Unofficial Opinion U2017-3

March 29, 2017
To: 

Representative, District 90

Re: 

A master’s level social work graduate from a program accredited by the Council on Social Work Education may provide social work services without a license as long as such person does not hold himself or herself out as being licensed or use words, letters, titles, images, or figures stating or implying licensure.

You have asked for my opinion whether Georgia law requires a person who is a master’s level social work graduate from a program accredited by the Council on Social Work Education to be licensed before rendering or offering services under O.C.G.A. § 43‑10A‑12.  As part of this request, you express specific concern that master’s level social workers are practicing without licenses. My review of the applicable Licensing Law shows that individuals with master’s degrees in social work may only provide services in the field of social work as master’s social workers without licensure under the specific circumstances enumerated in O.C.G.A. § 43‑10A‑7(b).

While your question references the portion of O.C.G.A. § 43‑10A‑12(b) that provides the first two years of practice after licensure as a master’s social worker shall be under direction and supervision, there are circumstances that permit the practice of social work without a license.  Generally, O.C.G.A. § 43‑10A‑7(a) provides that a person shall not practice social work without licensure by the Georgia Composite Board of Professional Counselors, Social, Workers, and Marriage and Family Therapists.  However, O.C.G.A. § 43‑10A‑7(b) provides a list of exceptions to this prohibition, as long as such person does not hold himself or herself out as being licensed or use words, letters, titles, images, or figures stating or implying licensure.  For example, O.C.G.A. § 43‑10A‑7(b)(5) allows individuals with master’s degrees in social work from a program accredited by the Council on Social Work Education to practice under direction and supervision while preparing to take the master’s social work licensing examination, but only for a period of up to one year following the granting of such degrees.  Similarly, the statute also expressly provides that individuals with Council on Social Work Education accredited master’s degrees in social work who are engaged in the practice of community organization, policy, planning, research, or administration may practice without licensure.  See O.C.G.A. § 43‑10A‑7(b)(13).  There are additional exceptions to licensure for individuals engaged in social work, without specific reference to graduates of programs accredited by the Council on Social Work Education, under specific circumstances contained in the statute.  See generally O.C.G.A § 43‑10A‑7 (b).  While O.C.G.A. § 43‑10A‑12(b) does not pertain to the unlicensed practice of social work, it does add supervision requirements that apply in specific areas of social work after licensure.  Violation of these license limitations may be grounds for disciplinary action, but would not constitute unlicensed practice.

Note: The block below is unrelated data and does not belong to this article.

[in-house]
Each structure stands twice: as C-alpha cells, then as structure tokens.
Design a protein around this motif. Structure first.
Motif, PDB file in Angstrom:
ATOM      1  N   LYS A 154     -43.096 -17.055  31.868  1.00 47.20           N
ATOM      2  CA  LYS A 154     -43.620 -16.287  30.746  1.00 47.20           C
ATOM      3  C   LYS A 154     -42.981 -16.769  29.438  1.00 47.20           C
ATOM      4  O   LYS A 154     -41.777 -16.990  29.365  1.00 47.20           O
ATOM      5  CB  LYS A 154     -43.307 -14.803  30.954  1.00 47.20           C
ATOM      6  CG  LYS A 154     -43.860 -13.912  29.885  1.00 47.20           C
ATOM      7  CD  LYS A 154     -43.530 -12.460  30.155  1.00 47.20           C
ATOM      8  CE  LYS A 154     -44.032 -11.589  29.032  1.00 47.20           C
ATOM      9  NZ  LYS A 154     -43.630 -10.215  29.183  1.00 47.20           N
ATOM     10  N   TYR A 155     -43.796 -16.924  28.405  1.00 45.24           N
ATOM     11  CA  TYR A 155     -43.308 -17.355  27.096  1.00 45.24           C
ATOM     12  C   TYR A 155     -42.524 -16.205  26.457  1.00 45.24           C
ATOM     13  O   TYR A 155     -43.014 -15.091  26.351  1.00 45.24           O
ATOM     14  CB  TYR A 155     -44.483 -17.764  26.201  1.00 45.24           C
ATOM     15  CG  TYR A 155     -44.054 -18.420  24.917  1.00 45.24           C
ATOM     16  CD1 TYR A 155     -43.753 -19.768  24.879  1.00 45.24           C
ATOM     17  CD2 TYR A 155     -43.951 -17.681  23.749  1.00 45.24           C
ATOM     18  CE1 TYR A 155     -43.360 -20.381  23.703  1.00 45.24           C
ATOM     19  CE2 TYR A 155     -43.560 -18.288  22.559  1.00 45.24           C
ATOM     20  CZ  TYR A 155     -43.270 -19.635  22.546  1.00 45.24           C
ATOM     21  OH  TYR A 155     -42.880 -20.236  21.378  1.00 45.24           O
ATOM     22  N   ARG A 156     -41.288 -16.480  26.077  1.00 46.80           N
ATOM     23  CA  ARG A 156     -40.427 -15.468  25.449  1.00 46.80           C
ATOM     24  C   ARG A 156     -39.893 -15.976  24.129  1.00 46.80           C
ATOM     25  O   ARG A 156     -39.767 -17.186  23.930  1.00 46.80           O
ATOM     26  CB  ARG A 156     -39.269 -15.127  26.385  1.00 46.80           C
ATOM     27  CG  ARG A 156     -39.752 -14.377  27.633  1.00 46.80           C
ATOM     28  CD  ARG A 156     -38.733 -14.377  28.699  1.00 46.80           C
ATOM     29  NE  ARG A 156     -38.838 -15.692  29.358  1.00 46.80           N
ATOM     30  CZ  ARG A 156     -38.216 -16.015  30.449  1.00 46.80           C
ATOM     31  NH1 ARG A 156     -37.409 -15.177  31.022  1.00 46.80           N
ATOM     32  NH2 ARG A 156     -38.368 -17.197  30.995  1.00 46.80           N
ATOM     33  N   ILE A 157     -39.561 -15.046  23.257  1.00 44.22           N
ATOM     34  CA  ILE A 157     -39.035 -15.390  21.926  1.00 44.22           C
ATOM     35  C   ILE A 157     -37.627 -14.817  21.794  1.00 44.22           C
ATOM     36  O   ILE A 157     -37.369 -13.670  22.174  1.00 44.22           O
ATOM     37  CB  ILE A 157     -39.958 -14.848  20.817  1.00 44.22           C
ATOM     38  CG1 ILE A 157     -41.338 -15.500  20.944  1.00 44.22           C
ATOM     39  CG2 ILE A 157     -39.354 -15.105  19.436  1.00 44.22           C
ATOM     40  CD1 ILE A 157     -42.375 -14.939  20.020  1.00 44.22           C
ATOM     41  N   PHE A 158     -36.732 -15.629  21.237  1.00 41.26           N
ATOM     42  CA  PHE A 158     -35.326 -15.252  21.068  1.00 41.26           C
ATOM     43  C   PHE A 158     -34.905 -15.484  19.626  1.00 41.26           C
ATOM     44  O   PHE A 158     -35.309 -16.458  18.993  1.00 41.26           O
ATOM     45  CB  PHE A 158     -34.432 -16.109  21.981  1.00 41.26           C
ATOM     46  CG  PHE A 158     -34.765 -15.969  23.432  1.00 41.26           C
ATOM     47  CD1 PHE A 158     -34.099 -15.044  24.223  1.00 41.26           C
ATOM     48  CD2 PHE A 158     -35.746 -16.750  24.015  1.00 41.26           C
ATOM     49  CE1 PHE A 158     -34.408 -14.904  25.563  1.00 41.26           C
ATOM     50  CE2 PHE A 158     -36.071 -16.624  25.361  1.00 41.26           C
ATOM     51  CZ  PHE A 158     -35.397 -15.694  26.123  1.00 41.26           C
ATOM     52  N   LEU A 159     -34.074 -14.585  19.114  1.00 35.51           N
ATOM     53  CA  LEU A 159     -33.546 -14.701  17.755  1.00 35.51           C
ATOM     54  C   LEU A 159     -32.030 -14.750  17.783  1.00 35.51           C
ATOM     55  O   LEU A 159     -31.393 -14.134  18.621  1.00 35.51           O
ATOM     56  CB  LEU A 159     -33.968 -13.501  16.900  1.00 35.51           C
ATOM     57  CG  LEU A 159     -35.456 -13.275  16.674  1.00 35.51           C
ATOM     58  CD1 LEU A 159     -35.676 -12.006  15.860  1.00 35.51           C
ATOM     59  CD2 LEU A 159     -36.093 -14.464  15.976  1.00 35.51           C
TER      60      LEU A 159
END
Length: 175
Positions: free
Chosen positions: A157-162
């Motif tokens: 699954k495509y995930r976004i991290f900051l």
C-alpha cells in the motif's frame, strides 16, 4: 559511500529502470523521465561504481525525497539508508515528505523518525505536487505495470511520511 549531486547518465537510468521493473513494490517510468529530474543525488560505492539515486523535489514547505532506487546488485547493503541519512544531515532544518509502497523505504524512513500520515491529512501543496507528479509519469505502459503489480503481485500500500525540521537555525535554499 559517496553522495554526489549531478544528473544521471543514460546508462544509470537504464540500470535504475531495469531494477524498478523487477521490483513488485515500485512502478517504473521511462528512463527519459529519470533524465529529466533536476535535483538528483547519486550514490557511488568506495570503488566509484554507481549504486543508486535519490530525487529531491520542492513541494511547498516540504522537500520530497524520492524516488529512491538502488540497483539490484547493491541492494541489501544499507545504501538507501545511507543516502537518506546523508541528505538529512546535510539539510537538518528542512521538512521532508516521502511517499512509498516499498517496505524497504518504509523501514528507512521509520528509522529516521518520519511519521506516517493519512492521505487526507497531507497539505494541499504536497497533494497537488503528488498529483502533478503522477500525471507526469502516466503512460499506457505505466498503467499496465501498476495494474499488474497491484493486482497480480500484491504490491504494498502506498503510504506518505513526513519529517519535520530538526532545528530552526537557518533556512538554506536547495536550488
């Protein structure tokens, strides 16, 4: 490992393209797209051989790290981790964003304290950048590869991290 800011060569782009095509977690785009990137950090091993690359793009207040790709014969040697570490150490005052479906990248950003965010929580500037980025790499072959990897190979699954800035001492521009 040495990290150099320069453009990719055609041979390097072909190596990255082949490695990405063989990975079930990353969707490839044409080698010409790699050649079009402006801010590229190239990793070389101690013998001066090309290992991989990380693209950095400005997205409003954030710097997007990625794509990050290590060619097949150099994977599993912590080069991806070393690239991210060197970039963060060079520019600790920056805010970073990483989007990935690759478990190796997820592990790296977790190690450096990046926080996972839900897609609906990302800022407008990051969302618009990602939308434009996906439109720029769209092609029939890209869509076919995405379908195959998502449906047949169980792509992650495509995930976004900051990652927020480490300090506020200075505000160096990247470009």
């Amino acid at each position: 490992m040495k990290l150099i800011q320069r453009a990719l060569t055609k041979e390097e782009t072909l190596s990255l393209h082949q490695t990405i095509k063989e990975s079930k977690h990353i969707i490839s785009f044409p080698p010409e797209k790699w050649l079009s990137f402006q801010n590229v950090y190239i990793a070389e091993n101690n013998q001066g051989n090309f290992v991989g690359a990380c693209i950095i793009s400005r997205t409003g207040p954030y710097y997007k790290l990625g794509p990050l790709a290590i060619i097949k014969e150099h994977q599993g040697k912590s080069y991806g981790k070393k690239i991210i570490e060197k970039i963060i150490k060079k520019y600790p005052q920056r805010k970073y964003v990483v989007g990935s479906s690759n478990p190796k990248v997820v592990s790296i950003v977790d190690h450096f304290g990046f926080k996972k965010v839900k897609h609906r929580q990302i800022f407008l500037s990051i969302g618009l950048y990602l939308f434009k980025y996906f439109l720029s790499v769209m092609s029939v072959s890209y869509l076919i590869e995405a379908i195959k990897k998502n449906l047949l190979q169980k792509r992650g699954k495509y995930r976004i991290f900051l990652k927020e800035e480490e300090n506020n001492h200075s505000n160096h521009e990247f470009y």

Therefore, it is my unofficial opinion that a master’s level social work graduate from a program accredited by the Council on Social Work Education may provide social work services without a license as long as such person does not hold himself or herself out as being licensed or use words, letters, titles, images, or figures stating or implying licensure.  Practice without licensure by a master’s program graduate social worker may include services that are provided under direction and supervision while the individual is preparing to take the master’s social work licensing examination, but only for a period of up to one year following the granting of the degree, or that are provided by a graduate who is engaged in the practice of community organization, policy, planning, research, or administration or under other specified circumstances listed in O.C.G.A. § 43‑10A‑7‑(b).

Prepared by:

BETSY D. COHEN

Assistant Attorney General